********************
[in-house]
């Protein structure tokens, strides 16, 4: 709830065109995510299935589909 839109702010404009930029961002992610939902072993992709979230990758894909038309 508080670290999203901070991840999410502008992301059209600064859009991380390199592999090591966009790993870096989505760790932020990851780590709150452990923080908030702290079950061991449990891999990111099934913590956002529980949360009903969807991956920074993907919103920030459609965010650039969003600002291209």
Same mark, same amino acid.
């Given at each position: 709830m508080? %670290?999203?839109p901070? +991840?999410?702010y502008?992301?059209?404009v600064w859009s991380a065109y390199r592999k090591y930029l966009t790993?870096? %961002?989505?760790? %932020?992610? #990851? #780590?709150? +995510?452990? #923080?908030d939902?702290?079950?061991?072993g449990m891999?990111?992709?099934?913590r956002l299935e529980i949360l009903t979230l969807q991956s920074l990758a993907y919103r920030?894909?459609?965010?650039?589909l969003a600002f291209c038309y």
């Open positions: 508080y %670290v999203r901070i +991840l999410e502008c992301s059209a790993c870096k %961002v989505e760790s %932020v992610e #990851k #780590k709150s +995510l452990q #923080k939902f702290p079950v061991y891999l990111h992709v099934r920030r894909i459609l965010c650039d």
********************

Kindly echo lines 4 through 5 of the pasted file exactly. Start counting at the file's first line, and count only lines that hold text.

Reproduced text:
């Given at each position: 709830m508080? %670290?999203?839109p901070? +991840?999410?702010y502008?992301?059209?404009v600064w859009s991380a065109y390199r592999k090591y930029l966009t790993?870096? %961002?989505?760790? %932020?992610? #990851? #780590?709150? +995510?452990? #923080?908030d939902?702290?079950?061991?072993g449990m891999?990111?992709?099934?913590r956002l299935e529980i949360l009903t979230l969807q991956s920074l990758a993907y919103r920030?894909?459609?965010?650039?589909l969003a600002f291209c038309y």
């Open positions: 508080y %670290v999203r901070i +991840l999410e502008c992301s059209a790993c870096k %961002v989505e760790s %932020v992610e #990851k #780590k709150s +995510l452990q #923080k939902f702290p079950v061991y891999l990111h992709v099934r920030r894909i459609l965010c650039d």